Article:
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I wonder if anyone can help. I'm writing a Spring MVC / Webflow web app where I need to collect data from the user. I have a form backing object which mirrors the backend schema (I think JAXB was used to generate the classes). Anyway, one of the fields I need to capture is DOB, which in the form backing object is a single property of type XMLGregorianCalendar

For the most part, html input fields on the form are a 1 to 1 mapping to the property in the form backing object - eg: the html input "surname" maps to the String property called "surname" in the form backing object (via the getters and setters). Nice :)

But date fields are a bit different. In the form backing object, it is only one property with one getter/setter pair; but on screen we might want to present it as 3 seperate fields - perhaps a drop down for Day, a dropdown for Month and a text box for Year

This type of problem must come up in every web app, regardless of backend technology, and I'm wondering how other people deal with it.

I've got two thoughts:

1) extend my form backing object so that I have properties for dobDay, dobMonth and dobYear, then as part of my validator take the 3 values and set the real DOB property from them. I've done this in the past, it kind of works, but if feels a bit rubbish, especially if the web app has lots of dates.

2) Find or write a jsp taglib that does this magic for me. I can see how this work work when rendering the form - the taglib can be called with the property name in the FBO, it can get the current date value, then can write to the output 3 html fields. But I cant see how the submission would work - something would need to read the 3 html fields and 'glue' them into the real property in the FBO

So, really, its just a call for help - what have other people done with this kind of thing in the past?

Appreciate your thoughts


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For clarity, my question is around data capture, not read only display of existing values (which of course I would use a jsp tag for :) ) –  Nathan Russell Aug 10 '12 at 14:11
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1 Answer

up vote 1 down vote accepted

You could use either option, but I tend to agree with you that it isn't very slick to have the command object contain the date components.

Number 2 will work if you add a hidden field in the page for the date field and you use the value to fill your three combos for day, month and year. On form submit you must first use javascript to reassemble the values from the combos inside this hidden field (which will map with the date field in the command object).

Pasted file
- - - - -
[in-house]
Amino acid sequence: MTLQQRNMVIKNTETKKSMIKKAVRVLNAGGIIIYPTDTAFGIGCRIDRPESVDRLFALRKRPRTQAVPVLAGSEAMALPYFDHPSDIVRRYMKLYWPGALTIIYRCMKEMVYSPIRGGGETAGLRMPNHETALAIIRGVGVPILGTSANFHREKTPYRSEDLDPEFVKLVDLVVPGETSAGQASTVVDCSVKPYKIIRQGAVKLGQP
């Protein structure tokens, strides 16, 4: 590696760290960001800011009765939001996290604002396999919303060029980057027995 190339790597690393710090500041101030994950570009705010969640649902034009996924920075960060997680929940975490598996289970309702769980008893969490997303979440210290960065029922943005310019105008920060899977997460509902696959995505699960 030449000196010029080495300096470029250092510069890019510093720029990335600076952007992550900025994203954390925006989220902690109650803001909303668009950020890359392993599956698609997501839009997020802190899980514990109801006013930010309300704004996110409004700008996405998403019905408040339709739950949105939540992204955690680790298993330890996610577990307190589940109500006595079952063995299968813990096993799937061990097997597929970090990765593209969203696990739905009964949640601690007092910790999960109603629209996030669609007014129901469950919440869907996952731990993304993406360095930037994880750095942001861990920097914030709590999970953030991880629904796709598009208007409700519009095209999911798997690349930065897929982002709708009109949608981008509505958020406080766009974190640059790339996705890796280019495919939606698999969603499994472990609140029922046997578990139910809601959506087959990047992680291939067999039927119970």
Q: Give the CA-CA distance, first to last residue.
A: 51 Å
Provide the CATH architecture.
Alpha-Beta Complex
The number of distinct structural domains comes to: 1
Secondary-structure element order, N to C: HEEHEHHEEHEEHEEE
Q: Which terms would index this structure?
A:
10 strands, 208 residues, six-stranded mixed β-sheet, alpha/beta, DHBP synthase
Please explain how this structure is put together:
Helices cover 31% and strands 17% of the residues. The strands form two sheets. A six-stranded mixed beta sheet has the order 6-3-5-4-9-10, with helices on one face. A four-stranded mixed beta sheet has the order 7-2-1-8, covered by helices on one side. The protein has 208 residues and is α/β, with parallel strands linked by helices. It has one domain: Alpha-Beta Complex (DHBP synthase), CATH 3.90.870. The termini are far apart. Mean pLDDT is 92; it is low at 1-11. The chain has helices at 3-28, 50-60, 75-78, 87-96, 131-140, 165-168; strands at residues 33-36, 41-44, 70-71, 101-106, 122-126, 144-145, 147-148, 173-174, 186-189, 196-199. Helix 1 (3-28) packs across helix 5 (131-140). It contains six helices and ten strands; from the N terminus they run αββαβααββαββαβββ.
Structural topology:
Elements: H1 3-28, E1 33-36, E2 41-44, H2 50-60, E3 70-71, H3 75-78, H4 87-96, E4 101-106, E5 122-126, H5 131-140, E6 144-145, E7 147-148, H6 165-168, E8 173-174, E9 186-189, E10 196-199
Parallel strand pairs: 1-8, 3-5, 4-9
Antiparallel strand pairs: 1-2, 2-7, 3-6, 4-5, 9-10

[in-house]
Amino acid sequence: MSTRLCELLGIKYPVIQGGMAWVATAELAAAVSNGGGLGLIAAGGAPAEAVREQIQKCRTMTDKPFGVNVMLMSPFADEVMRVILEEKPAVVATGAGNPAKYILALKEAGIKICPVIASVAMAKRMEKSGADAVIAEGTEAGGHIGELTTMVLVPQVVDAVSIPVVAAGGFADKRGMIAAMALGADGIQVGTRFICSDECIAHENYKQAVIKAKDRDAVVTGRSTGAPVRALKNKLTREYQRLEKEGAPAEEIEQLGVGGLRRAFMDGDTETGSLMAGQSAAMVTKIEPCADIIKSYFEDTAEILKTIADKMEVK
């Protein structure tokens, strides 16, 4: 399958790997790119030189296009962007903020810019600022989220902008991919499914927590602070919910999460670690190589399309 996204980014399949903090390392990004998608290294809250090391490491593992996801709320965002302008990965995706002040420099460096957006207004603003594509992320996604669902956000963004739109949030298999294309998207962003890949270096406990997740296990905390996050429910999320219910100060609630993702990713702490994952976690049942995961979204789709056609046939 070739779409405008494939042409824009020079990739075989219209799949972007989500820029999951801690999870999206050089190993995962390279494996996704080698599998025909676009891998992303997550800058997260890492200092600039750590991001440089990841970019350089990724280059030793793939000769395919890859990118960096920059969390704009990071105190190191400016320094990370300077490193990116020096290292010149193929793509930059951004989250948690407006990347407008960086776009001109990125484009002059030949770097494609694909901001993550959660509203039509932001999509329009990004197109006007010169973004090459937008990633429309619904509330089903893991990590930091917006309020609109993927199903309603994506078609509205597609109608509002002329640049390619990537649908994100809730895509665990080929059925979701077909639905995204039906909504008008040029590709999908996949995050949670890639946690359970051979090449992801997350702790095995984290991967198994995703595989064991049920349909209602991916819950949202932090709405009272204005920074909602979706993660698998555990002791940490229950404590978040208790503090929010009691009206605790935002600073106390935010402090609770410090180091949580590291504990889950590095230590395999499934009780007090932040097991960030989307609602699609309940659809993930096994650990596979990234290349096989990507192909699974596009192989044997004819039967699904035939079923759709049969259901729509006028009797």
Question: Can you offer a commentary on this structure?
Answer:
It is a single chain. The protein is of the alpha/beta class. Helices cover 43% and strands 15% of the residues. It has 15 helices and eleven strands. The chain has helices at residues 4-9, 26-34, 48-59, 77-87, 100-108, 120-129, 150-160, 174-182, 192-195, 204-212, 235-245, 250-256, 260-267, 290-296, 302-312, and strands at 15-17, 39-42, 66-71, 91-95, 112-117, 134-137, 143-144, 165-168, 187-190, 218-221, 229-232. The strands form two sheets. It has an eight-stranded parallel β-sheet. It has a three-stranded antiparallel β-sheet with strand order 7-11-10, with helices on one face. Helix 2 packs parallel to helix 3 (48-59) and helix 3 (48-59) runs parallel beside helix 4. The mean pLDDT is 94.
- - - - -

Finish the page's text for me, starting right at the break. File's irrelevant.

I think this is the cleanest way, but if you don't want to use javascript, you could submit the three values (with no correspondent fields in the command object) and assemble them after your command is bind.

You don't mention the Spring version you are using but for 2.x you could intervene in the workflow on the onBind method to reassemble the values there.

Things changed in Spring 3 and the controller classes are deprecated in favor of annotated controllers but you might get a similar result if you use an InitBinder in combination with the request to register a custom date editor and reassemble the fields; for example:


public class TestCommand implements Serializable {
    private static final long serialVersionUID = 1L;
    private Date someDate;

    public Date getSomeDate() {
        return someDate;

    public void setSomeDate(Date someDate) {
        this.someDate = someDate;


public class TestController {

    public String handleInit() {
        return "form";

    protected void initBinder(WebDataBinder dataBinder, WebRequest webRequest) {
        dataBinder.registerCustomEditor(Date.class, "someDate", new TestPropertyEditor(webRequest));

    public String handleSubmit(@ModelAttribute("testCommand") TestCommand command, BindingResult result) {
        return "formResult";


<form:form modelAttribute="testCommand" action="testAction" method="post">
    <%-- need a parameter named "someDate" or Spring won't trigger the bind --%>
    <input type="hidden" name="someDate" value="to be ignored" /> 

    year: <input type="text" name="year" value="2012" /><br/>
    month: <input type="text" name="month" value="5" /><br/>
    day: <input type="text" name="day" value="6" /><br/>

    <input type="submit" value="submit" />

Form result:

some date: ${testCommand.someDate}

Property editor:

public class TestPropertyEditor extends PropertyEditorSupport {
    private WebRequest webRequest;

    public TestPropertyEditor(WebRequest webRequest) {
        this.webRequest = webRequest;

    public void setAsText(String text) throws IllegalArgumentException {
        Map<String, String[]> parameterMap = webRequest.getParameterMap();

        // should validate these...
        Integer year = Integer.valueOf(parameterMap.get("year")[0]);
        Integer month = Integer.valueOf(parameterMap.get("month")[0]);
        Integer day = Integer.valueOf(parameterMap.get("day")[0]);

        try {
            String value = String.format("%1$d-%2$d-%3$d", year, month, day);
            setValue(new SimpleDateFormat("yyyy-MM-dd").parse(value));
        } catch (ParseException ex) {
share|improve this answer
Thanks Bogdan. It's a combo of Spring 3 and Webflow 2. I quite like the idea of a non-js option, so submitting all 3 component fields and assemble as part of the bind. I'm still playing with Web Flow, what I've seen so far is that you don't write controllers in the same way (as spring MVC), so I'm wondering if the bind process is different as well? –  Nathan Russell Aug 12 '12 at 18:46
@Nathan Russell: I added some more details to my answer, see if it helps. –  Bogdan Aug 15 '12 at 16:23
Thanks, that's exactly what I need :) Thanks again –  Nathan Russell Aug 16 '12 at 6:17
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